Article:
Following a solid career at Iowa and a strong rookie preseason, it appeared that Jaleel Johnson was on his way to a rotational role behind veteran Tom Johnson in 2017. Instead, he only saw the field for 41 snaps during his first regular season.
But after a year of working on the scout team, the ’17 fourth-round pick has earned a role in Year 2 and played 22 snaps in Week 1. Now he appears to be an important part of the Minnesota Vikings’ defensive line rotation.
On Thursday, Johnson explained how his work last season in practice helped him improve.
“My approach to the whole thing was, the coaches felt like they had a plan in place and they had their guys they wanted to put on the field, I was the guy who gave our offense a good look during the week helping them prepare for Sundays, I just took that role and embraced it,” Johnson said.
While “trust the process” has become a common cliche across sports, in Johnson’s case it was the best way he could view the situation.
“I would go against our starting O-line every day in practice and worked the techniques that coach ‘Dre [Andre Patterson] showed us,” he said. “I just kept working. It’s all a grind, it’s a process, you just have to embrace it. That’s what I felt that I did. Not just me, Tashawn [Bower], those guys, we just embraced our role and got better every single day. When we reported back, we just picked up where we left off and just kept getting better.”
The Vikings have a history of developing defensive linemen. Superstar edge rusher Everson Griffen was a situational player for the first four years of his career. Tom Johnson and Brian Robison, who both worked with Jaleel last year, both had long journeys to becoming full-time starters. Their examples have helped the 24-year-old understand how long it can take to become a regular.
“You look at guys like Griff [Everson Griffen] and B-Rob [Brian Robison], B-Rob was one of these guys who embraced it, he wasn’t a star right away, Griff wasn’t a star right away,” Johnson said. “They did whatever they could to get on the field and produce so they could become the stars. That’s one thing I really admire about those guys. They keep the ball rolling. They never give up.”
Head coach Mike Zimmer said the biggest challenge of making the jump from college to playing interior defensive line in the NFL is dealing with the speed of the game.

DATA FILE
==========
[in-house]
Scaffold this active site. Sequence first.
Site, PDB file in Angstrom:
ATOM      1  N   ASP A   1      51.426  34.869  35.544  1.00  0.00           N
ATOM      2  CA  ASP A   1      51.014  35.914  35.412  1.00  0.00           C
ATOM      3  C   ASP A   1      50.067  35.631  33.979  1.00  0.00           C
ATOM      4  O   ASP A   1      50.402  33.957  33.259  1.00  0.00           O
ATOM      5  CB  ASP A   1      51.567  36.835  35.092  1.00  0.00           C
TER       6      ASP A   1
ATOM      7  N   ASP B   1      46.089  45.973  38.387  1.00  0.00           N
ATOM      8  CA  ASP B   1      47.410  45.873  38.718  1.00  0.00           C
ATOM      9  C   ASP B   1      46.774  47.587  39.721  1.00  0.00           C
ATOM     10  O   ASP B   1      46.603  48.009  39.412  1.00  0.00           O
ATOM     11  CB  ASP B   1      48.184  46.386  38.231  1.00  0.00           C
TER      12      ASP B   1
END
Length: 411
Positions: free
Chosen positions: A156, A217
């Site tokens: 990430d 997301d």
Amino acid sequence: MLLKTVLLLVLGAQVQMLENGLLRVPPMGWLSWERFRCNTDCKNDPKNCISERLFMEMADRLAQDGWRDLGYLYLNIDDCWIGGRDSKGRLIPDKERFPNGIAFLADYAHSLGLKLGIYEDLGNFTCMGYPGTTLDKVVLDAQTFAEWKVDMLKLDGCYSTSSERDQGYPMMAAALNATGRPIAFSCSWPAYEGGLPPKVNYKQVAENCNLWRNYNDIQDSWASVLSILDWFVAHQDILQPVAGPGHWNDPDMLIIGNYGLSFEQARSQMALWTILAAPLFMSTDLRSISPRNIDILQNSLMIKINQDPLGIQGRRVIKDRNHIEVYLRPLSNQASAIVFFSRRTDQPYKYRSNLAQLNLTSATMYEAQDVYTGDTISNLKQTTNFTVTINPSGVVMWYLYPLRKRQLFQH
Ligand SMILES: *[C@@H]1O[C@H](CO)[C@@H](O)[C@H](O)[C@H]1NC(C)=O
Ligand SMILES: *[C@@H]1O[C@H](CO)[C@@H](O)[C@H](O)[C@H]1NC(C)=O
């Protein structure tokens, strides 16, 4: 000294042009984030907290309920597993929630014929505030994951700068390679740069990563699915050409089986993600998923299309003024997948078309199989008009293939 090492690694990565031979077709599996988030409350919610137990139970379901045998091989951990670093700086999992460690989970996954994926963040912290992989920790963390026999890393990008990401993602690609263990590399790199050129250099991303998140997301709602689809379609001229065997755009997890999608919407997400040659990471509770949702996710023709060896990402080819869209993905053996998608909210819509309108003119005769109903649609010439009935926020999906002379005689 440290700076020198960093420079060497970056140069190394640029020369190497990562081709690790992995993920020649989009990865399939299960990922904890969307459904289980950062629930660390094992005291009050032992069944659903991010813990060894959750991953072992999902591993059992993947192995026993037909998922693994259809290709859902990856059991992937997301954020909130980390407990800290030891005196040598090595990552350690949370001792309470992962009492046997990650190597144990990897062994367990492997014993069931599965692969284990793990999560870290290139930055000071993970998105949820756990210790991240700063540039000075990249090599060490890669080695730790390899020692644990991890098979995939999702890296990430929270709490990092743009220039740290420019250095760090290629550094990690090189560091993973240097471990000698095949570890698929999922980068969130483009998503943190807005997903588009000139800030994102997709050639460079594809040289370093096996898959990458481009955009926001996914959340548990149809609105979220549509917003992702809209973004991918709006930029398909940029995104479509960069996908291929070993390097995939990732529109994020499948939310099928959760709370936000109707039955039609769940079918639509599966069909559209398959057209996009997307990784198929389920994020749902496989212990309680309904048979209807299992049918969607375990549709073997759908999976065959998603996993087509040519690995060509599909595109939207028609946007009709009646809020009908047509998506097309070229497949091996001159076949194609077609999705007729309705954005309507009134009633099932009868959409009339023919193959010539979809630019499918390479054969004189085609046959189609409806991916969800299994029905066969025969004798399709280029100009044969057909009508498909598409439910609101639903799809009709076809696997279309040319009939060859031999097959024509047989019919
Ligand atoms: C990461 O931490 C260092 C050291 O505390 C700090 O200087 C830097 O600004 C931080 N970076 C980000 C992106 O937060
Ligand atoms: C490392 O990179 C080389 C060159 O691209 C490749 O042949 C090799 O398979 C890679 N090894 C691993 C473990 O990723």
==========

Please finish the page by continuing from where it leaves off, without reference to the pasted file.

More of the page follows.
“If it’s on the inside, things happen really fast in this league,” Zimmer said. “The violence of things that happen in there, you get double teamed, you can get trapped, you can get a wham from the outside. Getting adjusted to the quickness of things.”
There aren’t many better people in the NFL that could help young defensive linemen adjust to NFL speed than renowned defensive line coach Andre Patterson.
“There are guys that just want to do what they’re comfortable with and don’t want to leave their comfort zone, that’s one thing that our D-line coach emphasizes, leaving the comfort zone, doing things you’ve never done before,” Johnson said. “Whether it’s watching more film or working a new pass rush that you haven’t worked before, just getting out of your element and you can be a great pass rusher like Tom [Johnson] or Sheldon [Richardson].”
The Vikings have also created a culture within the locker room of teaching younger players. Griffen said that the starters see it beneficial to do everything they can to help role players like Johnson excel.
“That is how you win,” Griffen said. “What is it, you’re strong as your weakest link? Everybody has to be strong….Good things can happen and the faster you get them coached up and on the playbook, great things happen. I think that is what we strive for.”
Zimmer said it might be harder for the Vikings to rotate defensive linemen if the Packers play no-huddle offense this week, but it appears Johnson and other young D-linemen Tashawn Bower and Stephen Weatherly will be a significant part of the Vikings’ defensive attack this year — and that’s partly because of their patience with the process.